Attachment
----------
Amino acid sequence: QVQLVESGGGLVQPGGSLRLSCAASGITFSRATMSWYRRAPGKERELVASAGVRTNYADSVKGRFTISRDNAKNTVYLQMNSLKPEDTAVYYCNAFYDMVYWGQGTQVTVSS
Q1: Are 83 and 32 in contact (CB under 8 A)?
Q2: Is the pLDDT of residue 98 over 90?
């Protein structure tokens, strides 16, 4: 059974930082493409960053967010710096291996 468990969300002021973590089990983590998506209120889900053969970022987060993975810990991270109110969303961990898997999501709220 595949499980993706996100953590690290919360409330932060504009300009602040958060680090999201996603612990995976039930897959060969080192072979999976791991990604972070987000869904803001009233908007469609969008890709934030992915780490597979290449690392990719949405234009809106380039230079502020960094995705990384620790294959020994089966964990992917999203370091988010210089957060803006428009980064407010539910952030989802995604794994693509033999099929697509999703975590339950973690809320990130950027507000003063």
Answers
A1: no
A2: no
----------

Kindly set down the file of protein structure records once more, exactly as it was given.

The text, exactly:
Amino acid sequence: QVQLVESGGGLVQPGGSLRLSCAASGITFSRATMSWYRRAPGKERELVASAGVRTNYADSVKGRFTISRDNAKNTVYLQMNSLKPEDTAVYYCNAFYDMVYWGQGTQVTVSS
Q1: Are 83 and 32 in contact (CB under 8 A)?
Q2: Is the pLDDT of residue 98 over 90?
């Protein structure tokens, strides 16, 4: 059974930082493409960053967010710096291996 468990969300002021973590089990983590998506209120889900053969970022987060993975810990991270109110969303961990898997999501709220 595949499980993706996100953590690290919360409330932060504009300009602040958060680090999201996603612990995976039930897959060969080192072979999976791991990604972070987000869904803001009233908007469609969008890709934030992915780490597979290449690392990719949405234009809106380039230079502020960094995705990384620790294959020994089966964990992917999203370091988010210089957060803006428009980064407010539910952030989802995604794994693509033999099929697509999703975590339950973690809320990130950027507000003063």
Answers
A1: no
A2: no